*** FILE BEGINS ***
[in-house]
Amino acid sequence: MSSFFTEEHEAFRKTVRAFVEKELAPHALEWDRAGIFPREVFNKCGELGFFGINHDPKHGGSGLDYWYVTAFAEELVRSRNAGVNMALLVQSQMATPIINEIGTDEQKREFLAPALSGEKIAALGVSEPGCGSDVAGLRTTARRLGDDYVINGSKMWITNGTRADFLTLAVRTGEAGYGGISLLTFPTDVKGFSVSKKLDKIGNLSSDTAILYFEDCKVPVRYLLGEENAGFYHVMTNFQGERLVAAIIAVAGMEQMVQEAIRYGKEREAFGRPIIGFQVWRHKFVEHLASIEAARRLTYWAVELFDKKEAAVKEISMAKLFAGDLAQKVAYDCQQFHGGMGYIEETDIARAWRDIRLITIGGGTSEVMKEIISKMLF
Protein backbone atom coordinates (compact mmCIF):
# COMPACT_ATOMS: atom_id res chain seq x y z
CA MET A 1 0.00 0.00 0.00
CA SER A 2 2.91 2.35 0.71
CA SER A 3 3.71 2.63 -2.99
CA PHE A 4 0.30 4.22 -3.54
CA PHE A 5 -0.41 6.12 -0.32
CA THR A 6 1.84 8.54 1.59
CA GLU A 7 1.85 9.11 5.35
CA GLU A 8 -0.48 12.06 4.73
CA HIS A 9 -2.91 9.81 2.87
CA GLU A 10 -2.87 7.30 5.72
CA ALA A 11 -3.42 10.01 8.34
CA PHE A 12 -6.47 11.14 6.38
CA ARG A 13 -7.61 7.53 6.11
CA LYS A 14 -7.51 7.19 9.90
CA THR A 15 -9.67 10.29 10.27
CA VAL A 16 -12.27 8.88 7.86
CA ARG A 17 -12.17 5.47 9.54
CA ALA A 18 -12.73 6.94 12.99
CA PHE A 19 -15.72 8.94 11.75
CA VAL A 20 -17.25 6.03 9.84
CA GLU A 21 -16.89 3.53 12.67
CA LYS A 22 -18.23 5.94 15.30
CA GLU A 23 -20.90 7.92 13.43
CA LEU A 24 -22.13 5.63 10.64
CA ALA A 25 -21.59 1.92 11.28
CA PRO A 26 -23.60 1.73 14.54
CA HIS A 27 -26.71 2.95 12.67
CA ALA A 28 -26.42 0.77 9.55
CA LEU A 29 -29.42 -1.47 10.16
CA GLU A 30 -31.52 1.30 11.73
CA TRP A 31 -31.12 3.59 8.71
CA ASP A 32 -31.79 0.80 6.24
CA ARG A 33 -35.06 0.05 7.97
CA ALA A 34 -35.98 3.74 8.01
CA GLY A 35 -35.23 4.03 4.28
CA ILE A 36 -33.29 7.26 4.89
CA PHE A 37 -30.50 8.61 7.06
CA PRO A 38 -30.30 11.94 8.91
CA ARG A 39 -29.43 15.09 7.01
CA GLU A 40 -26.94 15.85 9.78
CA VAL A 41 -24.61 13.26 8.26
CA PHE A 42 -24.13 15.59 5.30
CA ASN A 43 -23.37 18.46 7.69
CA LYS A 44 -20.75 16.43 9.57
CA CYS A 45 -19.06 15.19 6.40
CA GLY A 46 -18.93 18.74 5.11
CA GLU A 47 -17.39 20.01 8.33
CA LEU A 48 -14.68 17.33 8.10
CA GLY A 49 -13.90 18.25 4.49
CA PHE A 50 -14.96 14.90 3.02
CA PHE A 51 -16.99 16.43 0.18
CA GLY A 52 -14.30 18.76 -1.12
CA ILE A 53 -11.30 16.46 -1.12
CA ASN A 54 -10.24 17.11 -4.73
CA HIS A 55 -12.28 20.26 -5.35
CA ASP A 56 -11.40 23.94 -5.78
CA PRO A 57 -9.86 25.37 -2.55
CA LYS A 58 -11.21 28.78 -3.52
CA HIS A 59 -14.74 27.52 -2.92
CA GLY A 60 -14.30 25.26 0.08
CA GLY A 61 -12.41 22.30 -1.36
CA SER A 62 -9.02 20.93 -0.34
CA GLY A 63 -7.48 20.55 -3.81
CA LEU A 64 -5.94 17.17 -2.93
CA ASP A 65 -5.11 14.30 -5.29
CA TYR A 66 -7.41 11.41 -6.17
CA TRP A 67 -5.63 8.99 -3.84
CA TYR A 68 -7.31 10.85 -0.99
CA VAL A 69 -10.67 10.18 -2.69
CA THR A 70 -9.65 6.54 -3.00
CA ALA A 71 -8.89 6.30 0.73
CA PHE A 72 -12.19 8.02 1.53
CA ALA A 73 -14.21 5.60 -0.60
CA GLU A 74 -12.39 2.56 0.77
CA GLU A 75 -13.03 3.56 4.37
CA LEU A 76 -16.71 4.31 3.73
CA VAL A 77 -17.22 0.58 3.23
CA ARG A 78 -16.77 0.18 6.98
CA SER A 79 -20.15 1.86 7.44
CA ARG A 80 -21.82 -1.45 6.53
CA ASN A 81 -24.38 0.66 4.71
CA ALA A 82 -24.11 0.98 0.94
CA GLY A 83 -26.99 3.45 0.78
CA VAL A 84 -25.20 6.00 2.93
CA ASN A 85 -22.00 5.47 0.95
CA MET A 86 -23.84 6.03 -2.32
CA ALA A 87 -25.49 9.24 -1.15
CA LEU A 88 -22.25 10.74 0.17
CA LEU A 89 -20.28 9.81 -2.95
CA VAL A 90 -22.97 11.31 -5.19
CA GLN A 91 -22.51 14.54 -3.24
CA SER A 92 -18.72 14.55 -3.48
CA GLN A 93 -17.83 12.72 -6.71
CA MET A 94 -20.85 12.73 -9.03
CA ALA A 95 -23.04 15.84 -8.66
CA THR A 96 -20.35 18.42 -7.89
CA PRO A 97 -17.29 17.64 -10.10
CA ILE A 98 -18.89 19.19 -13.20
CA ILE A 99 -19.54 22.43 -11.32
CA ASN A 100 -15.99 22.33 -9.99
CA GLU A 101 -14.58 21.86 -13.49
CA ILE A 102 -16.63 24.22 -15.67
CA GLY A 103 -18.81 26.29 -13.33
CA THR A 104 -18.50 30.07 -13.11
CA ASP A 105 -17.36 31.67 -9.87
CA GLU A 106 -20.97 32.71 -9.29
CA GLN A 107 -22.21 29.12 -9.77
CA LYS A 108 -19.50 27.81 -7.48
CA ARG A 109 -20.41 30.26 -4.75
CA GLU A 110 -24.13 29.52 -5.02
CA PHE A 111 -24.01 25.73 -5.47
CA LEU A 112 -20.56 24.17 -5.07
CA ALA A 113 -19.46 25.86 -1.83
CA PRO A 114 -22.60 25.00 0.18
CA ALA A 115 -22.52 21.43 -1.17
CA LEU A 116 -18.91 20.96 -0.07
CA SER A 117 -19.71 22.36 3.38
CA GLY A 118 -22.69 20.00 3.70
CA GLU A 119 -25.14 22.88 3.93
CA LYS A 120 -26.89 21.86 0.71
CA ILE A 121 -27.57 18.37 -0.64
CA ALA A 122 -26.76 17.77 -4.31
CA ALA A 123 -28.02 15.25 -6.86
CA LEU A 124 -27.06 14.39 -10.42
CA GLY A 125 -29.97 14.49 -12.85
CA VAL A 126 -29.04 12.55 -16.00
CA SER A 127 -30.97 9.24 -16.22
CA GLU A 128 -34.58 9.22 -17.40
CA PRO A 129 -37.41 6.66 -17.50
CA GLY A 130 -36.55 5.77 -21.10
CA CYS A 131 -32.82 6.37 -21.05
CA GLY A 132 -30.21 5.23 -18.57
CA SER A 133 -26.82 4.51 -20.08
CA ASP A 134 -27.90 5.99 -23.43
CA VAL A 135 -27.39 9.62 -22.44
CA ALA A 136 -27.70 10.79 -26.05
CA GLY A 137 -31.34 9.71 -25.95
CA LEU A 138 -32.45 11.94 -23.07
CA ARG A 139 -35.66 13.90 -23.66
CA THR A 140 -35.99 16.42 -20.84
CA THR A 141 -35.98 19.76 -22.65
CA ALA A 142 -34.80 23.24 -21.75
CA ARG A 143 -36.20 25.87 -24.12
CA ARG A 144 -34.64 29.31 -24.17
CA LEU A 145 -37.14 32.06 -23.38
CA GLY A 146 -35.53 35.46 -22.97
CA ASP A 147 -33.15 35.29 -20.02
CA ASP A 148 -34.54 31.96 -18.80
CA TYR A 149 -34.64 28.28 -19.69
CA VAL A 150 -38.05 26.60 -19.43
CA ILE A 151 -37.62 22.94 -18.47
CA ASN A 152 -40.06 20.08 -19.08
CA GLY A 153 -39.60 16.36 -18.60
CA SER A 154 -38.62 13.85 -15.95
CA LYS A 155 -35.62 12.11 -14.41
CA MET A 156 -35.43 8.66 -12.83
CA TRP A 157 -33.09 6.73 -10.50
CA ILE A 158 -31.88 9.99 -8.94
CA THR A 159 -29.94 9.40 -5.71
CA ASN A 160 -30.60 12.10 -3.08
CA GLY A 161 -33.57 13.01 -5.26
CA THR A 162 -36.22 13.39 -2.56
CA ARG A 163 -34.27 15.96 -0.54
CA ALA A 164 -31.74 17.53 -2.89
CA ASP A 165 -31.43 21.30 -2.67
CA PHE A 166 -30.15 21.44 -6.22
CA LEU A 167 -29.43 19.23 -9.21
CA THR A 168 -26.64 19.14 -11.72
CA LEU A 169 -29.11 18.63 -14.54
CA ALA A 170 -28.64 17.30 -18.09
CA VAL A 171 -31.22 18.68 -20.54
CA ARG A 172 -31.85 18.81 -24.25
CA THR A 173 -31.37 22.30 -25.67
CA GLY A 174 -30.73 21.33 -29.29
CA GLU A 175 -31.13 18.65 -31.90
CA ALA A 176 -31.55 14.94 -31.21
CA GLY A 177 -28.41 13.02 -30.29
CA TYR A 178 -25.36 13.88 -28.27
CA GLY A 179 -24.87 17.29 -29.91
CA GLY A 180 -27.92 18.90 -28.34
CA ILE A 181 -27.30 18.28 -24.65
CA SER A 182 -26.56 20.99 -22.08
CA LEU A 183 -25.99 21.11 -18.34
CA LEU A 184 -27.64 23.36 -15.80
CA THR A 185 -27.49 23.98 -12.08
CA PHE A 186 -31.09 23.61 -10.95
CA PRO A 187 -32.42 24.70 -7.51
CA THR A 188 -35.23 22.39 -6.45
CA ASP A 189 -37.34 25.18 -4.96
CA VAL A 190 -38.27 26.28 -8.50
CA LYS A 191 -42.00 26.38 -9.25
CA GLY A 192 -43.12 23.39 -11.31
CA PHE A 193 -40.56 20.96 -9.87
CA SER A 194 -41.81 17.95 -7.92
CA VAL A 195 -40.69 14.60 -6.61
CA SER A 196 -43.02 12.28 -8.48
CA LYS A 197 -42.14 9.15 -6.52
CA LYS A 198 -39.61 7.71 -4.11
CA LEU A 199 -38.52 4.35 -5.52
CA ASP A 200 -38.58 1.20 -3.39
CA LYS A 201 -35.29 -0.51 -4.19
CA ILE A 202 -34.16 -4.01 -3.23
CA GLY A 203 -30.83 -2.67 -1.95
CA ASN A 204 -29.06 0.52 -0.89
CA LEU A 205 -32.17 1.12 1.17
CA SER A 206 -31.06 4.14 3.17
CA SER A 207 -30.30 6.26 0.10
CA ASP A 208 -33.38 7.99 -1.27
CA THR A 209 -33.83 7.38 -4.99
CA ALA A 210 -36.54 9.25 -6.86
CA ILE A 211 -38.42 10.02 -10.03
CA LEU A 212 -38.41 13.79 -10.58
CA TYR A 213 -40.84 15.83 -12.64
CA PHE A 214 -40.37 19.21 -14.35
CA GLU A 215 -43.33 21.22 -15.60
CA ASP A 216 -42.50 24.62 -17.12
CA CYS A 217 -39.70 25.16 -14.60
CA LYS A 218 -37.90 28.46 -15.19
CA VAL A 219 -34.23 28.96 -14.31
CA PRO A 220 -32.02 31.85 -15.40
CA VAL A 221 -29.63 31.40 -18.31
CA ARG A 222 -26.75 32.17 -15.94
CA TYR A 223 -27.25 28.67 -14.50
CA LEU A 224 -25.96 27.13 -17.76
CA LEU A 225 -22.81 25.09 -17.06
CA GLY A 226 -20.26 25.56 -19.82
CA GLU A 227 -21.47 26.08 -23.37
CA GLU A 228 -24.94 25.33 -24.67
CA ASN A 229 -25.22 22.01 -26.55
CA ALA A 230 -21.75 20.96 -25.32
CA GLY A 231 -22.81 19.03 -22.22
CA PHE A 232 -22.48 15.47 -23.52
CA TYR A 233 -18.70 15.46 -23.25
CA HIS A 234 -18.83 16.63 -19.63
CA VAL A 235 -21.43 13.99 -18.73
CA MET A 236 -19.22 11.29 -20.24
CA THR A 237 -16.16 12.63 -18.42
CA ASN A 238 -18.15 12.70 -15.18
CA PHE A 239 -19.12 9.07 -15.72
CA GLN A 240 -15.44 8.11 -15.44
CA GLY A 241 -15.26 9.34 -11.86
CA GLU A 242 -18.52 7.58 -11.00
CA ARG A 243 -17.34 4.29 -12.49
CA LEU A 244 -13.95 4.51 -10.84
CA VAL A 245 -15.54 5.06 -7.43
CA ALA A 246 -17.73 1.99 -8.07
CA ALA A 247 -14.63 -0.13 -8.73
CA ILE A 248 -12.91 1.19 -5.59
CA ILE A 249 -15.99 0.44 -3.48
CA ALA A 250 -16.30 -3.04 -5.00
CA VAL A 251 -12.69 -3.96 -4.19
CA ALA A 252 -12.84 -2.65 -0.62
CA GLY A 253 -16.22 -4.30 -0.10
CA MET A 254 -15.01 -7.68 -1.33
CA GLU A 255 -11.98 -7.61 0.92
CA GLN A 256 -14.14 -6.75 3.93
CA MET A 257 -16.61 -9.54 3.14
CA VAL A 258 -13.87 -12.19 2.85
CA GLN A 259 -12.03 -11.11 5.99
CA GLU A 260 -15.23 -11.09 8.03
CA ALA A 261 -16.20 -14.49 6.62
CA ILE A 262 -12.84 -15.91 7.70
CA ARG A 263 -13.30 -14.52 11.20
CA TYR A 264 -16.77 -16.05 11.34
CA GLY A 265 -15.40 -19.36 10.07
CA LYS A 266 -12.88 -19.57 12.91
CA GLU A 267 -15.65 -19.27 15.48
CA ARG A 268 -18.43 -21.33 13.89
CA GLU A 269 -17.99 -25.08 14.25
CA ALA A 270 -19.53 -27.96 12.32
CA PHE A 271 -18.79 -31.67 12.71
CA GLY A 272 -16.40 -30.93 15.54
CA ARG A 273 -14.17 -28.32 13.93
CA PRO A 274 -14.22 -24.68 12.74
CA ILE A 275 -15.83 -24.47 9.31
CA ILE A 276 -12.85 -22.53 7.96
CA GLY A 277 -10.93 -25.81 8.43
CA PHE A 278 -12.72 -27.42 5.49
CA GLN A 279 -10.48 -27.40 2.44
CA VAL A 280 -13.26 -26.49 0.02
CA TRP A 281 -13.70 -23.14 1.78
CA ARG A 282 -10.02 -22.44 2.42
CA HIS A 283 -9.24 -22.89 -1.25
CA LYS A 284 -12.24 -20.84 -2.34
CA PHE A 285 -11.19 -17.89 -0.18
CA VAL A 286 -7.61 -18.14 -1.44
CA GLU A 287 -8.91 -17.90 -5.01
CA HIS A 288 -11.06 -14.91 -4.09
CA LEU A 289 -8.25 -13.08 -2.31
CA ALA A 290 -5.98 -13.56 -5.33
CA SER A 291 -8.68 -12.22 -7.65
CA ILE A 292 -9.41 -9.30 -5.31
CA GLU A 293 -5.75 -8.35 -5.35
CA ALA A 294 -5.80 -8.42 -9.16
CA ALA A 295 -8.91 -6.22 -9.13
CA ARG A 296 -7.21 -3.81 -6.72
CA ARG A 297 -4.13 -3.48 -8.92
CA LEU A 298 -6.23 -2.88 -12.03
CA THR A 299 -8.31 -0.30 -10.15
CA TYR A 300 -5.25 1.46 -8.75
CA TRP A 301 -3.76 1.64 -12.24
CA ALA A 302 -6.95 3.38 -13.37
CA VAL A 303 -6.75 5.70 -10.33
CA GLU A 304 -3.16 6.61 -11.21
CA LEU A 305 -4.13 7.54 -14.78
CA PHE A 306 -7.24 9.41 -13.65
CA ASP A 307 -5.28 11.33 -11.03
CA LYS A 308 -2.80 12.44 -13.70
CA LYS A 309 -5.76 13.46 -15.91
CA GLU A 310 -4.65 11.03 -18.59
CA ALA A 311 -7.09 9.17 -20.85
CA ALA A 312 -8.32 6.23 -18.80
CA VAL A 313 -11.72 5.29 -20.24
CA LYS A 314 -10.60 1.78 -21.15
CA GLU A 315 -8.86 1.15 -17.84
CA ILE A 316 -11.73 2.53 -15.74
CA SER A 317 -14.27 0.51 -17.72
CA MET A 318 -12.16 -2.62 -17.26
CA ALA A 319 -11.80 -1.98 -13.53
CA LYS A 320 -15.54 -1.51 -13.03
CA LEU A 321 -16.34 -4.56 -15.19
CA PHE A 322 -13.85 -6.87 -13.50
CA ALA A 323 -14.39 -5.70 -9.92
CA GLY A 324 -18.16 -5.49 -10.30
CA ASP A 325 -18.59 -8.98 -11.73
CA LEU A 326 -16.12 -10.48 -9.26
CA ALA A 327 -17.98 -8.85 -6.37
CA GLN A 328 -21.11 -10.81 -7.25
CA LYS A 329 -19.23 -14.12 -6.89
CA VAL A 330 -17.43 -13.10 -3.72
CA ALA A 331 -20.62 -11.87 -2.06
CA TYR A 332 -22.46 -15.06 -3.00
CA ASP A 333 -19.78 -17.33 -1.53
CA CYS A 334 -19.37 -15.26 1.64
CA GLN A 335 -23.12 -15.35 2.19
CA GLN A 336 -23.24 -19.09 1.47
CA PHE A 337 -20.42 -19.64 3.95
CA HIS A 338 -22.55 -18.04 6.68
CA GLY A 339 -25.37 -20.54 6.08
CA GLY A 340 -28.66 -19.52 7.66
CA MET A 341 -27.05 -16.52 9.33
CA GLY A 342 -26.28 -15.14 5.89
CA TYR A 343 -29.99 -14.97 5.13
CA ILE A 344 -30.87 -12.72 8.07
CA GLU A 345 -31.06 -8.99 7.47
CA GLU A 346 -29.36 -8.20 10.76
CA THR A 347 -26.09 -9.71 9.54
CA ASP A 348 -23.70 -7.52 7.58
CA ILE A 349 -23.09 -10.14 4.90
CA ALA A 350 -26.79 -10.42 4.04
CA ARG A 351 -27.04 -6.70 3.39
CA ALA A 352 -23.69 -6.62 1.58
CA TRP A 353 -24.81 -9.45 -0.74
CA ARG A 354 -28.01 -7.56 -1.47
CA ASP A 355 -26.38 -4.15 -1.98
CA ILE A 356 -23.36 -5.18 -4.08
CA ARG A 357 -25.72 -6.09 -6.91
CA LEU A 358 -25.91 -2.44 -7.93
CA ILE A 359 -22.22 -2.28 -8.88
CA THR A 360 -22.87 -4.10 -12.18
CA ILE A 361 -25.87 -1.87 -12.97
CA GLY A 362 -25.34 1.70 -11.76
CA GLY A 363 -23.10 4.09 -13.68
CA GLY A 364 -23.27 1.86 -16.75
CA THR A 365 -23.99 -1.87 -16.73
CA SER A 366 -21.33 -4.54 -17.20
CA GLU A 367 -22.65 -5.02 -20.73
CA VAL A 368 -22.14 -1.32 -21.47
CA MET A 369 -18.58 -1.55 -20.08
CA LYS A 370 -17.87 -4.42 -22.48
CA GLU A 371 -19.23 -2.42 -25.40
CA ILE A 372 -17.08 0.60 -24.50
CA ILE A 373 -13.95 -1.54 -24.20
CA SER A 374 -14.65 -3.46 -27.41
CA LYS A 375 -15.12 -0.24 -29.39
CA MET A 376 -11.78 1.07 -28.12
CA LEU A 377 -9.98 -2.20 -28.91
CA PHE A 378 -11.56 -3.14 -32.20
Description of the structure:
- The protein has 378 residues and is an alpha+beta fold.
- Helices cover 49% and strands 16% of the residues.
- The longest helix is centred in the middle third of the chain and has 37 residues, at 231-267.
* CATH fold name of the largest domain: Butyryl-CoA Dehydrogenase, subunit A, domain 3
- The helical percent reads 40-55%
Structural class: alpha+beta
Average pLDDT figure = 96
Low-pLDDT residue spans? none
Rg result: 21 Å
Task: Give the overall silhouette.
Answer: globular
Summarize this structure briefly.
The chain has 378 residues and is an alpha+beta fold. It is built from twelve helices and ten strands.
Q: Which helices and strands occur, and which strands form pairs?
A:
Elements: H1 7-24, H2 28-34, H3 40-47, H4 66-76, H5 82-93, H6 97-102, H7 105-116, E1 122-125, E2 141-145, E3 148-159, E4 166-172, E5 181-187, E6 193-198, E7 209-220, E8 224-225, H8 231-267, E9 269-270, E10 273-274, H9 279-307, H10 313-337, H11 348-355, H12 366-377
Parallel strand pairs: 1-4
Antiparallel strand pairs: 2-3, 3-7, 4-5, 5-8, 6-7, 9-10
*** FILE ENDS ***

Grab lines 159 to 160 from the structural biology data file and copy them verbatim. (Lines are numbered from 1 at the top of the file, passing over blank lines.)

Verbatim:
CA LYS A 155 -35.62 12.11 -14.41
CA MET A 156 -35.43 8.66 -12.83